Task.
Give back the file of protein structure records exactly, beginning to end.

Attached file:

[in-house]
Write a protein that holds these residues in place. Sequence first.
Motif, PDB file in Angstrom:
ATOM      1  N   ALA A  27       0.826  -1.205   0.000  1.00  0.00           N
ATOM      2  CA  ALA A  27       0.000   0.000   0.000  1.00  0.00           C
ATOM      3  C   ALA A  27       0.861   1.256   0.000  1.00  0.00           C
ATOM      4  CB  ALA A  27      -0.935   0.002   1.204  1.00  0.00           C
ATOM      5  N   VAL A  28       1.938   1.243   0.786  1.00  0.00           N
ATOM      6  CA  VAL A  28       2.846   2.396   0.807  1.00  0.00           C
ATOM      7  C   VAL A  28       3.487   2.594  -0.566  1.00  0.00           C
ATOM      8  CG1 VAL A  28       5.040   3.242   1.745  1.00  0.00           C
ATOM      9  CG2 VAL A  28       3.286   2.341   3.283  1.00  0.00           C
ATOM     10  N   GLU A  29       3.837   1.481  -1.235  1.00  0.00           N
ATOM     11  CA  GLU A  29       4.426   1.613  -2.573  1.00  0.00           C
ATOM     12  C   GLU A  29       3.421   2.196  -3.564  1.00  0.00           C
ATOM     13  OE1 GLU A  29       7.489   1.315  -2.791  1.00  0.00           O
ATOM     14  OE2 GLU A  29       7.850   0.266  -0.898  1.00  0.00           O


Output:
[in-house]
Write a protein that holds these residues in place. Sequence first.
Motif, PDB file in Angstrom:
ATOM      1  N   ALA A  27       0.826  -1.205   0.000  1.00  0.00           N
ATOM      2  CA  ALA A  27       0.000   0.000   0.000  1.00  0.00           C
ATOM      3  C   ALA A  27       0.861   1.256   0.000  1.00  0.00           C
ATOM      4  CB  ALA A  27      -0.935   0.002   1.204  1.00  0.00           C
ATOM      5  N   VAL A  28       1.938   1.243   0.786  1.00  0.00           N
ATOM      6  CA  VAL A  28       2.846   2.396   0.807  1.00  0.00           C
ATOM      7  C   VAL A  28       3.487   2.594  -0.566  1.00  0.00           C
ATOM      8  CG1 VAL A  28       5.040   3.242   1.745  1.00  0.00           C
ATOM      9  CG2 VAL A  28       3.286   2.341   3.283  1.00  0.00           C
ATOM     10  N   GLU A  29       3.837   1.481  -1.235  1.00  0.00           N
ATOM     11  CA  GLU A  29       4.426   1.613  -2.573  1.00  0.00           C
ATOM     12  C   GLU A  29       3.421   2.196  -3.564  1.00  0.00           C
ATOM     13  OE1 GLU A  29       7.489   1.315  -2.791  1.00  0.00           O
ATOM     14  OE2 GLU A  29       7.850   0.266  -0.898  1.00  0.00           O